The BBC recently visited the Cognitive Robotics lab at the University of Ulster, Intelligent Systems Research Center and broadcast a short news segment (see below) covering the advanced robotics research work underway in the lab. While it doesn't disclose anything dramatically new or exciting, the video does provide an additional views of the Willow Garage PR2 preparing coffee and solving a Rubik's cube along with a researching shaking hands with the one of the famous Shadow robotic hands.
That being said, the vintage footage that starts off the video makes it all worthwhile - classic robot camp stuff.
Security Camera Warehouse, located in North Carolina, contacted us about their "Securing the Future" program, designed to encourage and support robotics teams as well as physics labs and science programs by providing free video cameras.
According to the program details:
"You have to be a University or High School to have guaranteed acceptance to receive the free cameras*. Club level robotics teams, optics labs, physics labs, and other programs can also apply but will be approved on a case by case basis. Club level teams need to be primarily educational in nature and have an emphasis on youth and young adults."
The program lists quite a few qualifying cameras and many of them appear to be easily adaptable to suit the needs of a robot surveillance project or remote telepresence application. Understandably, there are several restrictions shown on the website, including the requirement that receipients are limited to the US. Nevertheless, we think it's a great program and a great way for the company to support the robotics community. We wish other companies would follow their lead.
Hiroshi Ishiguro's famous robotics laboratory situated in Kyoto, Japan, is looking for an outstanding international scientific engineer that can make a major contribution to their development in teleoperated robotic systems. Demonstrated expertise with state of the art robotics projects is one of their key selection criteria. The exact definition of a 'scientific' engineer isn't immediately clear - at least to me, though they are looking for candidates with experience in hardware/software humanoid robot construction; teleoperation; computer vision, and/or spoken language processing.
The laboratory is world famous for pushing the edge with startling, sometimes almost frightening, android creations including the Geminoid series, Telenoids, and Elfoids. While other robotic researchers tend to shy away from the boundaries of the Uncanny Valley, Ishiguro's laboratory seems to have staked out the territory as their own personal hunting ground.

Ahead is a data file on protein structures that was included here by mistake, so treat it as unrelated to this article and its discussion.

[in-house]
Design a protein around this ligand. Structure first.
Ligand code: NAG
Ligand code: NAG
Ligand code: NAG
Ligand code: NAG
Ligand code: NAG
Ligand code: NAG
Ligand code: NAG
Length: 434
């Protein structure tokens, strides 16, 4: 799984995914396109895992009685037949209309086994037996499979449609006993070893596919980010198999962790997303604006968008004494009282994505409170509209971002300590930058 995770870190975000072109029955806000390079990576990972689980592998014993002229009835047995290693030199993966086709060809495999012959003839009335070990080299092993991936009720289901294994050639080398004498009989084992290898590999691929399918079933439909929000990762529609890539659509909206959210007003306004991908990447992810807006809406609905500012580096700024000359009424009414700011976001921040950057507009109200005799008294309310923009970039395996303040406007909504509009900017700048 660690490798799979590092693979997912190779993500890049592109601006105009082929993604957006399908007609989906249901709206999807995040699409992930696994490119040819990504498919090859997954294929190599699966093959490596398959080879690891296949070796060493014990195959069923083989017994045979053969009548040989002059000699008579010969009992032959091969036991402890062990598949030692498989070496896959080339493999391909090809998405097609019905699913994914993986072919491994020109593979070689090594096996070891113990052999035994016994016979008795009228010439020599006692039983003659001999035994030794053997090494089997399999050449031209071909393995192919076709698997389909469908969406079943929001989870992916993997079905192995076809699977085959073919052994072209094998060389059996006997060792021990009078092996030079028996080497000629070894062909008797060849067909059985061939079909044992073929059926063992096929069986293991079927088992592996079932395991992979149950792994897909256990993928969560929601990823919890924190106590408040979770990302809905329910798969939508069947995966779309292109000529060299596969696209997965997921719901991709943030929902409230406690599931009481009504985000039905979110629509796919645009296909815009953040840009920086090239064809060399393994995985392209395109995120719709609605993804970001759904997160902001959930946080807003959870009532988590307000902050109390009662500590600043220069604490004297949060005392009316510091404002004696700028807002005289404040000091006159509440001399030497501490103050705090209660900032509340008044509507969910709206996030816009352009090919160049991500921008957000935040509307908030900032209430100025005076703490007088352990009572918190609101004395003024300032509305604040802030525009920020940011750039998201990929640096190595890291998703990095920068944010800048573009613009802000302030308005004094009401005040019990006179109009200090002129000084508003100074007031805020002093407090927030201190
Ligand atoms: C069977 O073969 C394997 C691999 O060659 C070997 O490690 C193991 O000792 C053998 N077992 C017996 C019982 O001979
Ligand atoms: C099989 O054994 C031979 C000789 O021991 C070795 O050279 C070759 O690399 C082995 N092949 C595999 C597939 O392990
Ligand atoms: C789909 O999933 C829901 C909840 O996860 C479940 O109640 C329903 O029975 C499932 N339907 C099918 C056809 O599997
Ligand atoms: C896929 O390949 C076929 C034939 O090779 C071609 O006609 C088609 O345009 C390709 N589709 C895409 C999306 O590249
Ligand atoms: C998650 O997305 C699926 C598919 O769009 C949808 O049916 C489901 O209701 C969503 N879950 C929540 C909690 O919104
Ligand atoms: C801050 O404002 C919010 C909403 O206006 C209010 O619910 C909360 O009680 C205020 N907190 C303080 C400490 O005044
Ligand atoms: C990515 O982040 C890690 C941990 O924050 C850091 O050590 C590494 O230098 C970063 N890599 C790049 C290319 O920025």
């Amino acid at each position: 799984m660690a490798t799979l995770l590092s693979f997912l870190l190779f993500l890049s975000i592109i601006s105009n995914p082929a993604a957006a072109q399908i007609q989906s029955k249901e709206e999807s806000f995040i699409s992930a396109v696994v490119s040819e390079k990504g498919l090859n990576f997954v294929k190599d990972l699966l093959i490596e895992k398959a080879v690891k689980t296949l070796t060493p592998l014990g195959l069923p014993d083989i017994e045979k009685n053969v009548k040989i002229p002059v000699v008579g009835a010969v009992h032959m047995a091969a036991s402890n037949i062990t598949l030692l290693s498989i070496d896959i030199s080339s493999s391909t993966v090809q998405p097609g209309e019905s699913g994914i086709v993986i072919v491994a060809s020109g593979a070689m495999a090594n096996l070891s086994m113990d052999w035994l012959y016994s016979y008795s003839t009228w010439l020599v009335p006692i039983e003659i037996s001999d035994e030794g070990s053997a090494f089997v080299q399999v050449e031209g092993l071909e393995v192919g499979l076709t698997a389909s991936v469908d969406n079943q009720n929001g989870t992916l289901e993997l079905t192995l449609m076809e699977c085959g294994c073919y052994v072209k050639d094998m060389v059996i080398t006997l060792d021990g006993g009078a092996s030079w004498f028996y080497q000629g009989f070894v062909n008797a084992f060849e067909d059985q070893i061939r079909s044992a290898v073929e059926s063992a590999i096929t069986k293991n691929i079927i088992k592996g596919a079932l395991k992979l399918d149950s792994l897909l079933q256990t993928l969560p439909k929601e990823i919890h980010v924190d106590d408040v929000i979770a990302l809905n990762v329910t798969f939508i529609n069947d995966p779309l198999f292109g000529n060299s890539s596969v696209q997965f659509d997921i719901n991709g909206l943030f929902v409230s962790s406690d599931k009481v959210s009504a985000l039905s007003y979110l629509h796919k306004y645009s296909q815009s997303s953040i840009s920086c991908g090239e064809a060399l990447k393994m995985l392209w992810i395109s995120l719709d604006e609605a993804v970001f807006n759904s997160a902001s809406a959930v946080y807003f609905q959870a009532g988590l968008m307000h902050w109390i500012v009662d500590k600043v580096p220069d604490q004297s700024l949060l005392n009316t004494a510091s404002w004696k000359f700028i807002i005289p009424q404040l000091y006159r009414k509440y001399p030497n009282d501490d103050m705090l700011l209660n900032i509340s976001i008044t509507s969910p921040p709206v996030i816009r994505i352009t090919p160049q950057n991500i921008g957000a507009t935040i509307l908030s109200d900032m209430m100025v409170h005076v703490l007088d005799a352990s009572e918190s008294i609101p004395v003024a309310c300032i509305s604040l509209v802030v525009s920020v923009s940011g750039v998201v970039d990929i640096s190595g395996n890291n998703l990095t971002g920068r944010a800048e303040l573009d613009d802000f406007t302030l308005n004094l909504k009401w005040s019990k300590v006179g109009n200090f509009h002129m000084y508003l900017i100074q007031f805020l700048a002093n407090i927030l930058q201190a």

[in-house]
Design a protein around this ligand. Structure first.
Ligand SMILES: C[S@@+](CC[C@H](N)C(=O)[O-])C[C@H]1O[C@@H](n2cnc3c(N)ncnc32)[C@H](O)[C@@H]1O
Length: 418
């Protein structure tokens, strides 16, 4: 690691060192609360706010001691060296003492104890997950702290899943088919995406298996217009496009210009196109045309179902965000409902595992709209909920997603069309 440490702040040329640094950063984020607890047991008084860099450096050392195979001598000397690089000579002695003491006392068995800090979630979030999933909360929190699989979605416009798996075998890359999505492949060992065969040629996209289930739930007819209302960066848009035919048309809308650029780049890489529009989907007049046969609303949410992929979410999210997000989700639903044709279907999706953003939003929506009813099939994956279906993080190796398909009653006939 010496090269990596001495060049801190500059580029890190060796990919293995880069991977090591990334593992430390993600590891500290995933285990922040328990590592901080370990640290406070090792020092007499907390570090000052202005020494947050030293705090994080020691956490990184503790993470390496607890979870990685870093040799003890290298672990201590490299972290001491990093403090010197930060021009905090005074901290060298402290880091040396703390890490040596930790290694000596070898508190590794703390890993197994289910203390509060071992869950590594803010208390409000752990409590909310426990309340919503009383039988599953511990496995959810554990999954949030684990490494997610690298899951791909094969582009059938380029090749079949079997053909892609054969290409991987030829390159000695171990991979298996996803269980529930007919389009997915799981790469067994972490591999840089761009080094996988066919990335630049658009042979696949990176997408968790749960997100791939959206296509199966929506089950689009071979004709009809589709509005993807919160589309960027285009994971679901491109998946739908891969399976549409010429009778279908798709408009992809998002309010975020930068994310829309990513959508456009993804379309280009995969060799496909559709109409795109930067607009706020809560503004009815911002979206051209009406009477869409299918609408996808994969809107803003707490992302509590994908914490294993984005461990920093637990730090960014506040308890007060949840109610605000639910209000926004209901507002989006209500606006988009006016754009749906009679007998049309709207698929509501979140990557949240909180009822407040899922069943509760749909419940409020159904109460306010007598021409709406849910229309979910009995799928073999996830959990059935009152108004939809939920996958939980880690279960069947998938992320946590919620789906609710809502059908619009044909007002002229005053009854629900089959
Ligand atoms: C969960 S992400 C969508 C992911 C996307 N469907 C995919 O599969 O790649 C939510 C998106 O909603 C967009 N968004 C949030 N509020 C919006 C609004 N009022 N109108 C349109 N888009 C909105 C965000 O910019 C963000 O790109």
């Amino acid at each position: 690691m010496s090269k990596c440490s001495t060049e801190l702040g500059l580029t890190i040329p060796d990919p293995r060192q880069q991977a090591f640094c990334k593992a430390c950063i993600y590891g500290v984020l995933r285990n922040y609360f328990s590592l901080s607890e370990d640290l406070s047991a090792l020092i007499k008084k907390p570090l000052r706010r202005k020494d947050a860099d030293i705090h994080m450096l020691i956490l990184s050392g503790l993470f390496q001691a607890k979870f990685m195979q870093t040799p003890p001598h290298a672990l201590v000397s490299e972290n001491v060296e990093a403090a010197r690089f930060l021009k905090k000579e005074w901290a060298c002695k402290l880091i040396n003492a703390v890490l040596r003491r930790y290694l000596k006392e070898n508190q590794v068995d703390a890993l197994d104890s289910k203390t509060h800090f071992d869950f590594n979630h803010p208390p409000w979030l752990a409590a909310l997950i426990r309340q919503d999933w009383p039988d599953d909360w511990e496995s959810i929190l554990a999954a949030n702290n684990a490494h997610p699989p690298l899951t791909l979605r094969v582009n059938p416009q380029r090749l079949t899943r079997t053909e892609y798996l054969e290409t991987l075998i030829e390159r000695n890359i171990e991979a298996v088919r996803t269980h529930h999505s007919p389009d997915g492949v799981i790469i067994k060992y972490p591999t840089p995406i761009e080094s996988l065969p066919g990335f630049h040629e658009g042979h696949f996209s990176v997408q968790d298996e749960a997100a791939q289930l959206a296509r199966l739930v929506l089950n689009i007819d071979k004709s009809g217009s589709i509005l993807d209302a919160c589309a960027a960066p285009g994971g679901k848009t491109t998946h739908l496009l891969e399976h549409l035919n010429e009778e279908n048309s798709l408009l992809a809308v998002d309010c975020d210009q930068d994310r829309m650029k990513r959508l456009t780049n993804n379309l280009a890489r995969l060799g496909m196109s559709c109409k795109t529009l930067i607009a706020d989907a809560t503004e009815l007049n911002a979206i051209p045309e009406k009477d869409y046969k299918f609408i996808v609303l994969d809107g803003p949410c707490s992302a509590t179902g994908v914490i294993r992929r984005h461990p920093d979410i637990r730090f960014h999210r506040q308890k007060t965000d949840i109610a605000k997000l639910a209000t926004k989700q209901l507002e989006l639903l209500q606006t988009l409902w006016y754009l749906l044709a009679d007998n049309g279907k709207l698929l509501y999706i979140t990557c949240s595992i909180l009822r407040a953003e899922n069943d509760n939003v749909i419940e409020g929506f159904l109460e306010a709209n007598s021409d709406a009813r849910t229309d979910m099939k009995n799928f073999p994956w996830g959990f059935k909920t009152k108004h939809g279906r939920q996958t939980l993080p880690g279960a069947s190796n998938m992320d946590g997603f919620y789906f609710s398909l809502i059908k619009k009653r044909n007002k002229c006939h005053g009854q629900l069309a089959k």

All things considered, it looks like a real plum job for the right candidate, the opportunity to work with the leading experts in the field and potentially gain a lot of invaluable know-how, experience, and visibility in the robot community.
The robot loving guru's over at iheartrobotics.com have been pumping out interesting new accessories for the TurtleBot robot platform at a dizzying pace. Their latest creation, available via the iheartrobotics webstore, adds speakers that could provide music as the robot attempts a Michael Jackson, or Lady Gaga, imitation. There's also a link in their blog post that shares all the build details in case you want to hack one together yourself.
Be sure to check out the rest of the TurtleBot goodies they have created. It looks like the robot may be going for a new Guinness World Record for the most accessorized robot ever.
We spent a wonderful, and learning packed, afternoon with the Robot Japan team in Tokyo figuring out how to teach the Aldebaran NAO humanoid robot to draw Japanese kanji characters in the traditional calligraphy style called "Shodo". It may look simple, but take it from me, drawing the characters correctly, in the right stroke order, and with the proper energy and spirit can be a real challenge, even for a human.
’Teaching The NAO Robot Japanese Calligraphy’ continues
Aldebaran Robotics, the creators of the well known NAO humanoid robot, obviously have a strong commitment to advancing the state of the art in robotics technology and applications. During the RoboCup 2011 competition in Instanbul they unveiled the 4th generation NAO loaded with new enhancements, improved performance, and features requested and suggested by their rapidly growing user base in leading educational, academic, and research facilities from all over the world.
While the external appearance of NAO V4 may not have changed in obvious ways (don't worry, NAO still has the cute, lovable, boyish character that's made him so popular), the changes under the hood are really impressive and will make it much easier and attractive to users developing robotic applications as well as researchers.